Some of the recent findings have taken place on Algeria’s border with Niger. In June the remains of 18 people were found near the oasis of Arlit, just south of the border. This was just one outcome in a lengthy history of trans-Saharan crossings to Algeria. Indeed, the Algerian state has been regularly repatriating migrants from Niger – on the request of the latter – since December 2014. In the month of October, 471 Niger nationals arrived in the reception center of Tamanrasset where they were detained ahead of repatriation and according to the Algerian Red Crescent organization they are part of 3,741 Niger nationals, including 900 children, who have been similarly expelled. Meanwhile, an unknown number is expected to have remained in the country.[5] Indeed, since this operation began in 2014 there have been reports that migrants and refugees regularly manage to elude the authorities and that the expulsion measures have sometimes bordered on brutality.[6]  

It is hard to ignore the connection between what is happening in the Mediterranean and what is happening further south, at the desert borders of North African countries like Algeria. Not least because the migration policy and the border activity that the latter have followed has been largely shaped by Europe. Creating a corridor of buffer or safe states around the Schengen area, or the externalization of border security as it is sometimes referred to, has been EU policy for the better part of the last two decades. Libya and Morocco are the better known cases. Italy outsourced detention services to the authoritarian regime of Colonel Gheddafi, repatriated illegal immigrants including non-Libyans who had transited through Libya and trained the country’s border staff. The EUROMED partnership resulted in the Moroccan government increasing the border forces substantially with 11,000 security officers deployed to the Moroccan coasts at a cost of 100 million euros per year and hardening laws on migration – contrary to the country’s historic openness.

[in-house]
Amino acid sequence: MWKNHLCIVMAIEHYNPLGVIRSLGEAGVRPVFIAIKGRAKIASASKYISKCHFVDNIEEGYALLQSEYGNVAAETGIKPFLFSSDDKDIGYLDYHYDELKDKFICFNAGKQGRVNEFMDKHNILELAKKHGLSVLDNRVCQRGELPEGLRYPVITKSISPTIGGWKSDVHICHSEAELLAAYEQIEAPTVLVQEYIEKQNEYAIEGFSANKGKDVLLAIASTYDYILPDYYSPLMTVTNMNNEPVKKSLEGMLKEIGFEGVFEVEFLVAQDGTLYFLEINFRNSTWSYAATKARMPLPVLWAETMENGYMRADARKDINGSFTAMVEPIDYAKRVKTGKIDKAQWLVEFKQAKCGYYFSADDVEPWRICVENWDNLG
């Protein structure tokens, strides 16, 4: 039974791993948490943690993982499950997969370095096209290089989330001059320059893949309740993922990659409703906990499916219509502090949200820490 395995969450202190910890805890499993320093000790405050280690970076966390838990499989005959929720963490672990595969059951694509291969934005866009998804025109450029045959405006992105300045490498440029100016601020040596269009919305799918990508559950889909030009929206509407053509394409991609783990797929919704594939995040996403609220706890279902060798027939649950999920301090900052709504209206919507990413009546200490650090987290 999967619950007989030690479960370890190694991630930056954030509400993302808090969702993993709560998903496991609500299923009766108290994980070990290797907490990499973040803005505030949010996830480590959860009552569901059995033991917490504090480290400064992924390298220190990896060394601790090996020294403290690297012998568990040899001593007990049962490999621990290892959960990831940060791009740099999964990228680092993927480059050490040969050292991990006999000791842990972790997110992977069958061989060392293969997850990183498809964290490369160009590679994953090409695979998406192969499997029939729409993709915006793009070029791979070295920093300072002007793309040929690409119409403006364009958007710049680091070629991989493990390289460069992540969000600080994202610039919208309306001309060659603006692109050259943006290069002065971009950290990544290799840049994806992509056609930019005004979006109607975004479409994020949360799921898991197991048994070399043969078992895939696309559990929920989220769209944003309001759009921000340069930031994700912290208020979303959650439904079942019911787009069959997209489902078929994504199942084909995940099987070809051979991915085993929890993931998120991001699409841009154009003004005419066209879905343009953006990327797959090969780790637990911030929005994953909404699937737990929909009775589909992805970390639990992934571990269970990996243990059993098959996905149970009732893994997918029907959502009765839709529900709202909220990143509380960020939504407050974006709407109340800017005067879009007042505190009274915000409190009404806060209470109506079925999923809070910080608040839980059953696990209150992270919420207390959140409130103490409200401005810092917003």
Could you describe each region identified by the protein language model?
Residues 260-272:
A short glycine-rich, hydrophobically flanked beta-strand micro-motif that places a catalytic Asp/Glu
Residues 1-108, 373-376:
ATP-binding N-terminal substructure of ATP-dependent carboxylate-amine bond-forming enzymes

Today the EU continues to shape Algeria’s migration policy as part of its main cooperation programs, MEDA I (since 1996) and MEDA II (since 2000), with a series of bilateral agreements that amount to 250 million euros, 10 million of which have been spent on training the Algerian frontier police (PAF).[7] One of the unintended consequences of the greater “securitization” of borders in the Maghreb has been to divert the migration flows to other countries such as Turkey, Greece or Mauritania. In any case, it would be advisable to urgently place Saharan border activities under greater scrutiny so as to ensure that human rights are being respected and to avoid humanitarian disasters, particularly in the desert crossing. In the longer term more should be done to transform borders by investing in social welfare projects, fostering cross-border governance and environmental protection.